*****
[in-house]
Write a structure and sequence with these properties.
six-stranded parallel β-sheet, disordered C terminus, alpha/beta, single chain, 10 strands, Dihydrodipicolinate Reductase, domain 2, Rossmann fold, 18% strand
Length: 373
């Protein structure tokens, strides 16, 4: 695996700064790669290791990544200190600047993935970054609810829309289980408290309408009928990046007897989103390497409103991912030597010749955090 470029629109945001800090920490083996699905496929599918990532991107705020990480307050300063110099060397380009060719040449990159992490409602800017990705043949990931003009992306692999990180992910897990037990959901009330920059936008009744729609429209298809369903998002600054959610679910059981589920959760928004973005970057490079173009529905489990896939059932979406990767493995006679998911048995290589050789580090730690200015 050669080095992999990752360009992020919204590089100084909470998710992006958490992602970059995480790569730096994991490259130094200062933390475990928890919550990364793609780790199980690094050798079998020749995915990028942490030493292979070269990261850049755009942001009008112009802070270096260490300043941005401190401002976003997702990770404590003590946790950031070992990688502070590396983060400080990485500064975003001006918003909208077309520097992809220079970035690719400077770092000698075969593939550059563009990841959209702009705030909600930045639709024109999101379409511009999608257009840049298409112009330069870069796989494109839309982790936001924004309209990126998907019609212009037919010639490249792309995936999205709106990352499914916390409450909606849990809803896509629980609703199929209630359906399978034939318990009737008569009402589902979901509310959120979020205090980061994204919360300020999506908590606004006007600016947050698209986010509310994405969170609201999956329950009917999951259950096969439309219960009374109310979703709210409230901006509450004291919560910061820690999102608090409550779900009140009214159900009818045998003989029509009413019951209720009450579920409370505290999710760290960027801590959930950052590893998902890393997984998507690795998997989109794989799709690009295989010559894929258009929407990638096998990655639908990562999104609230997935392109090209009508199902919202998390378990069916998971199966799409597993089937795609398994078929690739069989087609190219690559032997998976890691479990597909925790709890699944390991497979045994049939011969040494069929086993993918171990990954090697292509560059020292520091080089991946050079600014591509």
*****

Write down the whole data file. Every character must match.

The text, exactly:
[in-house]
Write a structure and sequence with these properties.
six-stranded parallel β-sheet, disordered C terminus, alpha/beta, single chain, 10 strands, Dihydrodipicolinate Reductase, domain 2, Rossmann fold, 18% strand
Length: 373
């Protein structure tokens, strides 16, 4: 695996700064790669290791990544200190600047993935970054609810829309289980408290309408009928990046007897989103390497409103991912030597010749955090 470029629109945001800090920490083996699905496929599918990532991107705020990480307050300063110099060397380009060719040449990159992490409602800017990705043949990931003009992306692999990180992910897990037990959901009330920059936008009744729609429209298809369903998002600054959610679910059981589920959760928004973005970057490079173009529905489990896939059932979406990767493995006679998911048995290589050789580090730690200015 050669080095992999990752360009992020919204590089100084909470998710992006958490992602970059995480790569730096994991490259130094200062933390475990928890919550990364793609780790199980690094050798079998020749995915990028942490030493292979070269990261850049755009942001009008112009802070270096260490300043941005401190401002976003997702990770404590003590946790950031070992990688502070590396983060400080990485500064975003001006918003909208077309520097992809220079970035690719400077770092000698075969593939550059563009990841959209702009705030909600930045639709024109999101379409511009999608257009840049298409112009330069870069796989494109839309982790936001924004309209990126998907019609212009037919010639490249792309995936999205709106990352499914916390409450909606849990809803896509629980609703199929209630359906399978034939318990009737008569009402589902979901509310959120979020205090980061994204919360300020999506908590606004006007600016947050698209986010509310994405969170609201999956329950009917999951259950096969439309219960009374109310979703709210409230901006509450004291919560910061820690999102608090409550779900009140009214159900009818045998003989029509009413019951209720009450579920409370505290999710760290960027801590959930950052590893998902890393997984998507690795998997989109794989799709690009295989010559894929258009929407990638096998990655639908990562999104609230997935392109090209009508199902919202998390378990069916998971199966799409597993089937795609398994078929690739069989087609190219690559032997998976890691479990597909925790709890699944390991497979045994049939011969040494069929086993993918171990990954090697292509560059020292520091080089991946050079600014591509």